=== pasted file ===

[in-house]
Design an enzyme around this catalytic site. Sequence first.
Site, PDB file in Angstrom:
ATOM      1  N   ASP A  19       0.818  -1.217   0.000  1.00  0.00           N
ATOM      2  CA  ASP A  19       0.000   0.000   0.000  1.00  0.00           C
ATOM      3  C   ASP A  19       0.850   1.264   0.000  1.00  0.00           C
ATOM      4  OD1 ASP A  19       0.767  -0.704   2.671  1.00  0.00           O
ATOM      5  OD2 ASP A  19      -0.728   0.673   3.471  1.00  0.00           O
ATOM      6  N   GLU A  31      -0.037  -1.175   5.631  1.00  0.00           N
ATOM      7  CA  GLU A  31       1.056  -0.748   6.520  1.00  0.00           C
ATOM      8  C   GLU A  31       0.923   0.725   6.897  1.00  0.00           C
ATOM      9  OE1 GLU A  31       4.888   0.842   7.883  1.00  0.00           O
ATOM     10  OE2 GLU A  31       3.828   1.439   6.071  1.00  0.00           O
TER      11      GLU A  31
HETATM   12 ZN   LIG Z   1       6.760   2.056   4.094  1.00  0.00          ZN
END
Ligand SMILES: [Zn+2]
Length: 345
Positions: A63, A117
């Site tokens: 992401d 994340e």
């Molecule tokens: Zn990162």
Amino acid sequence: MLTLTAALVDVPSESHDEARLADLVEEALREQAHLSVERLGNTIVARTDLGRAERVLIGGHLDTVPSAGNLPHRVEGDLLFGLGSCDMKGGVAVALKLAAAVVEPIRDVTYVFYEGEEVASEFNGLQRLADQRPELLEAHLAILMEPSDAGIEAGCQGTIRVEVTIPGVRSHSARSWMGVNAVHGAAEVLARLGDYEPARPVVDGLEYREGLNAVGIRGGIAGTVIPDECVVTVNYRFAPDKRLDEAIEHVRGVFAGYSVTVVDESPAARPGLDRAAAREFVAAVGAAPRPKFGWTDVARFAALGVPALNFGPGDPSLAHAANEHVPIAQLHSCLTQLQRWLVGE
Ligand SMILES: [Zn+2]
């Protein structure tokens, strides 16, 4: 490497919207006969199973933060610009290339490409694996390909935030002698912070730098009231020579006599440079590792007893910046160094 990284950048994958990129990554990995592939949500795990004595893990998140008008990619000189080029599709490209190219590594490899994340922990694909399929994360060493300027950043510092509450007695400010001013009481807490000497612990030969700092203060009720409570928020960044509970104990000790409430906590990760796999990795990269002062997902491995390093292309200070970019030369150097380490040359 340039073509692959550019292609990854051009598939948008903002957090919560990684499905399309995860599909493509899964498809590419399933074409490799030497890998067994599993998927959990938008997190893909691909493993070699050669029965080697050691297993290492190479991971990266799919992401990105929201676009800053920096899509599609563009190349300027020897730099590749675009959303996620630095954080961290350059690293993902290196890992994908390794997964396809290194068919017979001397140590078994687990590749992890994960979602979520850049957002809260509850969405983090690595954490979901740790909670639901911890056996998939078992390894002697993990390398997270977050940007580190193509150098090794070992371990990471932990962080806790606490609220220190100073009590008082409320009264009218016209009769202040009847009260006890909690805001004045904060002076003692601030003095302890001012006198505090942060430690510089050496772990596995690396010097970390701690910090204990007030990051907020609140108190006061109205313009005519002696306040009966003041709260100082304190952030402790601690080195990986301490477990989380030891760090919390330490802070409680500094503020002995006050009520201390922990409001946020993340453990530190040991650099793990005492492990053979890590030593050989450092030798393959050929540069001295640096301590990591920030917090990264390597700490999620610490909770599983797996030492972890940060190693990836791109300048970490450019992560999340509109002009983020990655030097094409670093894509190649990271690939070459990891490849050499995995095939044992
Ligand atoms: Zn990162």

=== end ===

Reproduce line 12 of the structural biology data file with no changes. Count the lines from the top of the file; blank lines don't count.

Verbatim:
ATOM      9  OE1 GLU A  31       4.888   0.842   7.883  1.00  0.00           O